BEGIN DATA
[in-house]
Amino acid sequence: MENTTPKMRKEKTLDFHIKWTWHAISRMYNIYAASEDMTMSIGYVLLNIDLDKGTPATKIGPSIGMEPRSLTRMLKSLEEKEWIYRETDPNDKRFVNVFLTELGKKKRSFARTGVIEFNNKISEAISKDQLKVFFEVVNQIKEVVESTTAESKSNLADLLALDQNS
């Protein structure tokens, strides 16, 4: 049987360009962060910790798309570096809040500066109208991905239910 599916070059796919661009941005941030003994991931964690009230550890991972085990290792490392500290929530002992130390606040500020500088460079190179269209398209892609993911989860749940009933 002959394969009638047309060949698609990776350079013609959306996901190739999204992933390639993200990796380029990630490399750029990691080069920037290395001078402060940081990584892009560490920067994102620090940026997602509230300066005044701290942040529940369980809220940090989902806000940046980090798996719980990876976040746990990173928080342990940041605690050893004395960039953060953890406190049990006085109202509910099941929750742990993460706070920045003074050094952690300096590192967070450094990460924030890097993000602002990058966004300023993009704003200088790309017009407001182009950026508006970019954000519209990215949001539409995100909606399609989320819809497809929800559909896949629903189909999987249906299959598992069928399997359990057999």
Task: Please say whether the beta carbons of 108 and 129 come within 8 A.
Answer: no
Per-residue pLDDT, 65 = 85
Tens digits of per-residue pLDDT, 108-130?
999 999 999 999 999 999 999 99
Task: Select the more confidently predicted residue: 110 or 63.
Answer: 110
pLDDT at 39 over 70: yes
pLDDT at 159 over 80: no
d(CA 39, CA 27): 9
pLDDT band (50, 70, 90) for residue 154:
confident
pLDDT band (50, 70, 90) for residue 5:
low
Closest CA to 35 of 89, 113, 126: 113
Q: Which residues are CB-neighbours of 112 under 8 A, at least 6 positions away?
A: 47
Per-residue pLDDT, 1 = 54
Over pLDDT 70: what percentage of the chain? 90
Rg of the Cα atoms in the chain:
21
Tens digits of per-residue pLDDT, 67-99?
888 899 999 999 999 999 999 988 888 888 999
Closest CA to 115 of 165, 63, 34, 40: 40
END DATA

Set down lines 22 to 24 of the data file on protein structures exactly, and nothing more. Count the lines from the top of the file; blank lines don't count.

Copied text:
Over pLDDT 70: what percentage of the chain? 90
Rg of the Cα atoms in the chain:
21